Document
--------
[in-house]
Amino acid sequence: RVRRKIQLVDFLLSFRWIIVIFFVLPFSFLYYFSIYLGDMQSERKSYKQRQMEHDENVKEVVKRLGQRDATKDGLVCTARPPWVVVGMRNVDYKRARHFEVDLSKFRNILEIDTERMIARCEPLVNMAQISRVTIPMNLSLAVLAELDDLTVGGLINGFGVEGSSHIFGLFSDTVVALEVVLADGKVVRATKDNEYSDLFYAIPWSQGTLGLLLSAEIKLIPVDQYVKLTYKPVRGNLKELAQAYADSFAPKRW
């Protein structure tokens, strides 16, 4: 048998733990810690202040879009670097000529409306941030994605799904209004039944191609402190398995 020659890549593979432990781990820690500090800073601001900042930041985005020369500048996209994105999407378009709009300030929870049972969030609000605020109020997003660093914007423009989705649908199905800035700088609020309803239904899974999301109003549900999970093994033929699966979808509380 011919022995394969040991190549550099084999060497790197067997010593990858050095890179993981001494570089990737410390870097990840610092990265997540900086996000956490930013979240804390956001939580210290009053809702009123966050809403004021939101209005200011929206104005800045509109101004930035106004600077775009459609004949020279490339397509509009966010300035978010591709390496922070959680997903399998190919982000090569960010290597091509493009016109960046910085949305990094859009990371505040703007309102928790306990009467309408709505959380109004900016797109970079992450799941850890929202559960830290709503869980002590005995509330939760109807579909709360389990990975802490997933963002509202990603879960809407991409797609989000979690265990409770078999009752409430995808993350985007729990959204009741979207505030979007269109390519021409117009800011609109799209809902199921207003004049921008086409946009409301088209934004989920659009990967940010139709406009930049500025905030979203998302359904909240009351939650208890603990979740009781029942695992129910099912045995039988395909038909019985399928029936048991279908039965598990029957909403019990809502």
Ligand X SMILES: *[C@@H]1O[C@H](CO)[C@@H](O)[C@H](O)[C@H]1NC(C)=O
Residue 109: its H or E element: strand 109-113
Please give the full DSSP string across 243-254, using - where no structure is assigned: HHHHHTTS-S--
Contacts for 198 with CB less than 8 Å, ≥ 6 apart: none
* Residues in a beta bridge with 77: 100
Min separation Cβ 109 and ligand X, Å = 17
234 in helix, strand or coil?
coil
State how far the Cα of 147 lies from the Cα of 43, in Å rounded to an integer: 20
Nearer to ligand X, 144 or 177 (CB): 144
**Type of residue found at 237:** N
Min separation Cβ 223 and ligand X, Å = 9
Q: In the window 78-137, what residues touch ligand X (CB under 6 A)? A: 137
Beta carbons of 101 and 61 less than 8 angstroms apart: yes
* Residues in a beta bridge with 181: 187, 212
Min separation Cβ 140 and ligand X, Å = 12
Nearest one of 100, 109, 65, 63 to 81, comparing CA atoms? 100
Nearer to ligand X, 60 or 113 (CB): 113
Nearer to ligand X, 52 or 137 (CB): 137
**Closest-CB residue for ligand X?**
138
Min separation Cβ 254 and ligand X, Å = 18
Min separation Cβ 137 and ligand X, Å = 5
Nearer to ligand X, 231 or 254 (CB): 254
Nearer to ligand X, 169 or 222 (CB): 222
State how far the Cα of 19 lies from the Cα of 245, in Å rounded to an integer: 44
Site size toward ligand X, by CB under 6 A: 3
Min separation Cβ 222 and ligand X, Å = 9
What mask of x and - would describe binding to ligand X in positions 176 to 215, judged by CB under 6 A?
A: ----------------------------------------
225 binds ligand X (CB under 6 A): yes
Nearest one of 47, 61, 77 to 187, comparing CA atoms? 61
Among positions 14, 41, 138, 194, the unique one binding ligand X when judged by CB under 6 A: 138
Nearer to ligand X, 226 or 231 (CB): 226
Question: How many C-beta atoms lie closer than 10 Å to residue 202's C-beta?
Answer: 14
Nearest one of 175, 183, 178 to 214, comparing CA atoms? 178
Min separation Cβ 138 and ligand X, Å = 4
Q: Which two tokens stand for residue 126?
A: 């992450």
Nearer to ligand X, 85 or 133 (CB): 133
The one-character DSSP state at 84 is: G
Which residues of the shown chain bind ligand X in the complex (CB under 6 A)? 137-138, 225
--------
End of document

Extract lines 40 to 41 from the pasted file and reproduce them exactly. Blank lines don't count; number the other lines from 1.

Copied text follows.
Nearest one of 175, 183, 178 to 214, comparing CA atoms? 178
Min separation Cβ 138 and ligand X, Å = 4